Kerry returns to Israel to talk with leaders about peace negotiations, amid new violence
Published December 28, 2013
Secretary of State John Kerry will travel next week to the Middle East to meet with Palestinian and Israeli leaders about peace talks that were recently overshadowed by a new wave of violence in the region, Fox News confirmed Saturday.
Kerry told the Palestinian Authority that he will return to the area on January 4, a source first told the Agence France-Presse
He will arrive amid a series of violent Palestinian attacks on Israeli targets in recent weeks. There attacks are raising Israeli concern of a new type of Palestinian uprising. Kerry, who became secretary of state in February, has visited Israel nine times.
The recent incidents do not appear to be an organized effort by militant groups, but rather a collection of individual acts.
After years of relative quiet, Israel's Shin Bet security service has reported a steady rise in attacks since Israeli and Palestinian peace negotiators resumed peace talks in July.
In November, for example, there were 167 attacks in Jerusalem and the West Bank, compared to 136 in October, the security service said.
Israel and Palestinian officials agree that violence from the West Bank is connected to the peace talks, though they pin the blame on each other. The Palestinians say the current climate is a result of brewing frustrations over the perceived lack of progress in peace talks while Israel continues to build Jewish settlements on land they claim for a future state.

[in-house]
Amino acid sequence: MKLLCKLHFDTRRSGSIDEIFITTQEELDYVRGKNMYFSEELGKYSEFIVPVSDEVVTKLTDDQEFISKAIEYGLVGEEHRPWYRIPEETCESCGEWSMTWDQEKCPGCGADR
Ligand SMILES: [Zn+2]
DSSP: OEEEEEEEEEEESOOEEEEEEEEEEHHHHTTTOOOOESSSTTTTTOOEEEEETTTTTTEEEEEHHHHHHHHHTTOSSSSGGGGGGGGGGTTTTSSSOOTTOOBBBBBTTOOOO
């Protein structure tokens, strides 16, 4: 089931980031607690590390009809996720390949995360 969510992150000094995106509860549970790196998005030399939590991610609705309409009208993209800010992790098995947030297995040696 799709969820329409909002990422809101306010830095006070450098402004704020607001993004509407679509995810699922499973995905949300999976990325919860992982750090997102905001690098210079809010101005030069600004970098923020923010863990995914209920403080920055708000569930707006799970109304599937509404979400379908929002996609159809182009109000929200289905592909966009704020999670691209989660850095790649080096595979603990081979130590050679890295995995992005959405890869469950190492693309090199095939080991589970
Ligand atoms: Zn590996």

Others link the violence to the release of convicted Palestinian killers as part of the deal to resume talks. This logic goes that Palestinians are emboldened to carry out attacks knowing that they will eventually be freed from prison. A third group of prisoners is expected to be released next week.
On Sunday, a pipe bomb believed to be planted by Palestinian militants exploded on a bus in central Israel in the most serious attack inside Israel in more than a year. The next day, an Israeli policeman was stabbed outside a West Bank settlement. And on Tuesday an Israeli civilian was killed by a Palestinian sniper in a cross-border shooting from Gaza, sparking a series of Israeli air strikes that killed a Palestinian girl.
The West Bank and Gaza Strip, located on opposite sides of Israel, are ruled by different governments. Israel and the West Bank-based Palestinian Authority are engaged in peace talks aimed at ending decades of conflict and establishing an independent state for Palestinians. But Gaza’s Islamic Hamas rulers refuse to recognize Israel and call for its destruction.
The situation in Gaza is far different.
Hamas opposes the peace talks and has engaged in several rounds of heavy fighting with Israel over the years. For the past 13 months, it has observed a cease-fire with Israel. But extremist Salafist groups have carried out periodic attacks in order to undermine the cease-fire. An Israeli blockade and a tough Egyptian crackdown on Gaza’s southern border in recent months have created fuel shortages and economic hardship in Gaza, creating a fertile ground for extremists. Hamas was not involved in Tuesday’s sniper attack.